The launch of the Fiesta was somewhat drowned by the noise and buzz created by the Suzuki Swift but since then, the new three-box from Ford has been growing in strength.

Enter DaewooGM, with its resources, could have outdone Ford in creating a few small car platforms by investing a few billions in all-new projects. Instead, in a seemingly smart move, they bought the ailing Daewoo - lock, stock and an array of pre-developed car models.

Actually, the acquisition of Daewoo is one of the few smart things done by the General and GM-Daewoo Automotive Technologies is doing a pretty good job of selling automobiles in Europe and Asia. India got its first Daewoo-derived model when the Toyota Corolla-sized Optra was launched under the Chevy brand.

The Optra is yet to have a diesel model in its line-up, yet it managed to do reasonably well (22,094 units since its July 2003 launch). The Tavera, on the other hand, has managed to do 35,964 units since its June 2004 launch (of course, helped by the demise of the market leader Qualis).

But the car that was supposed to re-ignite the GM-Ford battle was the much awaited Aveo  - again a car built on a readymade Daewoo platform. Mind you, GM did not incur much cost in the design and development of the car and that meant they could price the Aveo brilliantly around the world.

An entry-level version of the Aveo 1.4 that will soon be launched, will retail around Rs 5,55,000 - almost half a lakh of rupees less than the base Fiesta 1.4. The Aveo has been a success story in European markets too.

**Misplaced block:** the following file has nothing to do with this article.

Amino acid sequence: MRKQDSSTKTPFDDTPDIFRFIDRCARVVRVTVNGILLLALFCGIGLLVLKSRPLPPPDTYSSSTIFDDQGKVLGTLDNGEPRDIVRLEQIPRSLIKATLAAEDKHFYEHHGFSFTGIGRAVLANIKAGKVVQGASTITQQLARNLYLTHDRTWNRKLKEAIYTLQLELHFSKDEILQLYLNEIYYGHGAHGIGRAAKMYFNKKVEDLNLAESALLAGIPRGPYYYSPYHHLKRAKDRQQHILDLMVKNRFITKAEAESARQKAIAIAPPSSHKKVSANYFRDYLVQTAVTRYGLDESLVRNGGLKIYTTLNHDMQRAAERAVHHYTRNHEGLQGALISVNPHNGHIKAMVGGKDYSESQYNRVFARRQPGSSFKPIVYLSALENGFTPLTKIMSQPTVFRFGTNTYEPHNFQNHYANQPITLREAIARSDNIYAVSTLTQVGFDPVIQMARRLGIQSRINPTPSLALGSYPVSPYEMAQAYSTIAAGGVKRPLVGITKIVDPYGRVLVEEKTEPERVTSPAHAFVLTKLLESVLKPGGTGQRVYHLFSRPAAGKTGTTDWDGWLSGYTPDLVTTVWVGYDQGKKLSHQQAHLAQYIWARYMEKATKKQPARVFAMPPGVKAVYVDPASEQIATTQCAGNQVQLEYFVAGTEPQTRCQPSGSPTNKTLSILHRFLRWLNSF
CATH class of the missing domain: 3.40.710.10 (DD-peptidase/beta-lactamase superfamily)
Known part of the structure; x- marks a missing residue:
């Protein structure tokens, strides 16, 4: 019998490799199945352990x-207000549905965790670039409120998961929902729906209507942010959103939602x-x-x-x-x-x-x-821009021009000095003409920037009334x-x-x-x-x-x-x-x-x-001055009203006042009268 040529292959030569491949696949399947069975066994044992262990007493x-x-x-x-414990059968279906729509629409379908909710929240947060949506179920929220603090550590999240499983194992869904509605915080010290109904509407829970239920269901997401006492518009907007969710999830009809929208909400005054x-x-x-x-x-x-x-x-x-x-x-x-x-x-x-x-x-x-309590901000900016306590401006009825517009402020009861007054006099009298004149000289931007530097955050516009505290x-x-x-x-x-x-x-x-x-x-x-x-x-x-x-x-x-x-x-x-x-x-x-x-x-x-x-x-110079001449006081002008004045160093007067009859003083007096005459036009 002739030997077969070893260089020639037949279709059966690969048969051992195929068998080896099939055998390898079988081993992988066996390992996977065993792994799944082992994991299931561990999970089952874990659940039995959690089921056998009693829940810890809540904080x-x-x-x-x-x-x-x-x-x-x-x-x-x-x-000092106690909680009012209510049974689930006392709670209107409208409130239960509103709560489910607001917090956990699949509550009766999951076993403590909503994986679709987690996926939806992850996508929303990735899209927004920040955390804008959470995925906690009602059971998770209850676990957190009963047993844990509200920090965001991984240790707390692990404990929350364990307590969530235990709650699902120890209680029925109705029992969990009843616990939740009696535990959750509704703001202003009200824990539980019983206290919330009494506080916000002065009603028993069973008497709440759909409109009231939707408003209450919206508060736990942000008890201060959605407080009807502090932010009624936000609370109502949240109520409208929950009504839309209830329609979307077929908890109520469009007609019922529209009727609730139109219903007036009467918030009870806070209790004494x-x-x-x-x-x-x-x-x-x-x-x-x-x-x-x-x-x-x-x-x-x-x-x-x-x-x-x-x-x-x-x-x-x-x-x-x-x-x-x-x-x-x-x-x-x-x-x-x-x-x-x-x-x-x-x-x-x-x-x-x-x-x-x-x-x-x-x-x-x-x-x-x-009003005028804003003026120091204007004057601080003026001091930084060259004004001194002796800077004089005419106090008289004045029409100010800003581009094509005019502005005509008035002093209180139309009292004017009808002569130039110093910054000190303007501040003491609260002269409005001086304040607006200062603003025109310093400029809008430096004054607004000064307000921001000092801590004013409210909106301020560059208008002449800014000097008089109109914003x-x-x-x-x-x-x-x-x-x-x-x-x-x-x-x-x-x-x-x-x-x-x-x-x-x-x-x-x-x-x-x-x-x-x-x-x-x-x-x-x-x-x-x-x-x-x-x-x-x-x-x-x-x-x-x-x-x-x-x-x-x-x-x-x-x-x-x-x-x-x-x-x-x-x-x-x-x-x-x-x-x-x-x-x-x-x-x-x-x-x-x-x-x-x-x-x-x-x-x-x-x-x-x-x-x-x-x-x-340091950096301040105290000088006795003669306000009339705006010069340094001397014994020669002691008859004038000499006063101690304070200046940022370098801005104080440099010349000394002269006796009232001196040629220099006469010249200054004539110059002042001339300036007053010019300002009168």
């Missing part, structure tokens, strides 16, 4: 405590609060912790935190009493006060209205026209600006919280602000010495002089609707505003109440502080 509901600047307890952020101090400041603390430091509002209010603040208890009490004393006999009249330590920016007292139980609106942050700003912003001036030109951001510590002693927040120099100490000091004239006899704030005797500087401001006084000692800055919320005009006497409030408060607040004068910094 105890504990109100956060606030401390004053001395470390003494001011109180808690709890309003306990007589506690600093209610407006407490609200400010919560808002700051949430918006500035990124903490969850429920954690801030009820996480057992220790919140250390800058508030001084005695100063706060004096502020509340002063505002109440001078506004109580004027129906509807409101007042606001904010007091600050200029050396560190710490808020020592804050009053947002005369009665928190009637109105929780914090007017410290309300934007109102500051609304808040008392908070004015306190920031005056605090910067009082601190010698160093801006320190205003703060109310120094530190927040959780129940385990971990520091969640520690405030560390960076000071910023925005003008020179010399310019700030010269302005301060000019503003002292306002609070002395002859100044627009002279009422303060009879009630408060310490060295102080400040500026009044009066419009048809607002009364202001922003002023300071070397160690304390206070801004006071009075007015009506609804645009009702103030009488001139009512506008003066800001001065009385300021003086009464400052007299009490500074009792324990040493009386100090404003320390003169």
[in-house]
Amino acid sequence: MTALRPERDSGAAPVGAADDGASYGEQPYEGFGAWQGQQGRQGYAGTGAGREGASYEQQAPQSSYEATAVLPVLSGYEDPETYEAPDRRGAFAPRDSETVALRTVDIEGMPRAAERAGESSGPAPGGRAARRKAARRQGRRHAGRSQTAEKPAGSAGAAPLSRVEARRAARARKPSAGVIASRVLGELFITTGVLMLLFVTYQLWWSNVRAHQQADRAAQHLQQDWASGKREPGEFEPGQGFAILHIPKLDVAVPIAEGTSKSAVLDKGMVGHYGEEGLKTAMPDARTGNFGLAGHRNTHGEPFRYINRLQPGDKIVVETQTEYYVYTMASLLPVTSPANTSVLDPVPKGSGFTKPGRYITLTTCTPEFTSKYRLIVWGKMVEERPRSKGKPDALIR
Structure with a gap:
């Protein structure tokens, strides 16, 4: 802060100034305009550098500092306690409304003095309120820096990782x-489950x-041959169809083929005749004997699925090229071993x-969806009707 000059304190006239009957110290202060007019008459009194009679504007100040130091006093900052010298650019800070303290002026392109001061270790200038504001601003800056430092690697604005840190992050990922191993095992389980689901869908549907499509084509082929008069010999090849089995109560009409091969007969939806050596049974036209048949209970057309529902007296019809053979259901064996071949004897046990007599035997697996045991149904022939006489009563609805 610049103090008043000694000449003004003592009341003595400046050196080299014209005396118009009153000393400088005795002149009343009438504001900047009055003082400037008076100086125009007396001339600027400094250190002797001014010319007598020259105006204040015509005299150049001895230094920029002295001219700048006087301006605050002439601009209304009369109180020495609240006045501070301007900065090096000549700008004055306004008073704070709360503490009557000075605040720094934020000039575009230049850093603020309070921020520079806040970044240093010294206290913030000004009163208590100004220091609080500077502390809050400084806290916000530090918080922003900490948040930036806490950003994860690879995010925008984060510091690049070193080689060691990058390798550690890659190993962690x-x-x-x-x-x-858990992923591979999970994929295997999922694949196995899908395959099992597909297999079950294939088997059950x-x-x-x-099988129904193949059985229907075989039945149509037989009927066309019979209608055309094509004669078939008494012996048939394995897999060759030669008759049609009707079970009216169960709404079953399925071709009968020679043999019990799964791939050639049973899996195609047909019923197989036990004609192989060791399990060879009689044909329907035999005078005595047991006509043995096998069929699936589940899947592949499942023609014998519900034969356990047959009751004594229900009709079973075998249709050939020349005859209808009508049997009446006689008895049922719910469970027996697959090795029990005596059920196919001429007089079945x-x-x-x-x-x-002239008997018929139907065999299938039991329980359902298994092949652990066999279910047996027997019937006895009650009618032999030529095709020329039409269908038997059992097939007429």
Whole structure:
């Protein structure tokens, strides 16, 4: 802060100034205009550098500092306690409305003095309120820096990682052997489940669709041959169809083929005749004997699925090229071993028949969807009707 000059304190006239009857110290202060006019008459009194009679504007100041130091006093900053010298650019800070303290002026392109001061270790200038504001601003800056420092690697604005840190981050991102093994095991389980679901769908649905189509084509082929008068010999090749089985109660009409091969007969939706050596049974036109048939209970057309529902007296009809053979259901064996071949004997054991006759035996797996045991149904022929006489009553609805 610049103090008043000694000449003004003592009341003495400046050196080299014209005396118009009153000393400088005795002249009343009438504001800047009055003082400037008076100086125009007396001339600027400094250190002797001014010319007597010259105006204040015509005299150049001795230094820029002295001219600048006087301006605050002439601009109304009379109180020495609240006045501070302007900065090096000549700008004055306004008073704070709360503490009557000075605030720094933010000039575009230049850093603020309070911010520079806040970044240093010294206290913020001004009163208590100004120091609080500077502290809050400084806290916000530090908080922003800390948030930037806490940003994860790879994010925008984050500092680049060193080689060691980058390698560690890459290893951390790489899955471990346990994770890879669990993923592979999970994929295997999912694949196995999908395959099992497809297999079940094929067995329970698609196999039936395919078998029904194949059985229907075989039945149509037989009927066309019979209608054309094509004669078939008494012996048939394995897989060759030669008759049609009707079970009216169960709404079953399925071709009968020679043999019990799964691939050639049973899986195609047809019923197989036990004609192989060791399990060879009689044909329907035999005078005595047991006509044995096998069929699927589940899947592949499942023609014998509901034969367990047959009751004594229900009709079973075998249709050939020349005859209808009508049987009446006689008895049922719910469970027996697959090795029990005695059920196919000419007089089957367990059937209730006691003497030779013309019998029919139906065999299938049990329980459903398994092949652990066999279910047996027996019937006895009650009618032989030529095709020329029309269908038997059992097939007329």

The new battle

The only hitch for GM India was the lack of a diesel powertrain for their spanking new three-box sedan (though the hatchback UV-A that will take on the Swift and Getz is on the cards). That meant much of the dealership footfalls have not resulted in sales numbers.

After three months, the GM report card shows only 4,402 Aveos (launched in March 2006), while Ford has already clocked 17,263 units since its November 2005 introduction.

"The Fiesta TDCi has managed to penetrate traditional petrol markets like Delhi and Mumbai and 60 to 70 per cent of the cars we build are diesels," says Arvind Mathew, managing director, Ford India.

Who's winning?

Well, Ford India seem to have an edge when it comes to passenger cars, while the GM India strategy of horses for courses has paid off handsomely till now. Ford, thanks to their development centres in Europe, is a better small car maker than GM, but the General has struck gold with the sweet Daewoo line-up.

We hear that Ford is all set to enter the lucrative pick-up (semi-commercial) market soon, while GM is busy readying an assault comprising body-style variants (same car in a two-box and three-box variants), and more importantly, diesel engines for each of their models.

Ford and General Motors are changing, and the routes that they have taken to grow rapidly in new markets is as diverse as it could get. Both have had their share of duds (Forester, Fusion) and both seem to have found their niches (Tavera, Fiesta diesel). It is safe to conclude that it has been a hit-and-miss ride by the Big Two in India.

However, both GM and Ford face stiff competition in India today from both multi-national and homegrown car companies. What their respective Indian management will be striving for will be more attention from their parent companies who are busy cleaning up their homes. No, we have not seen enough of GM versus Ford yet.
Bijoy Kumar Y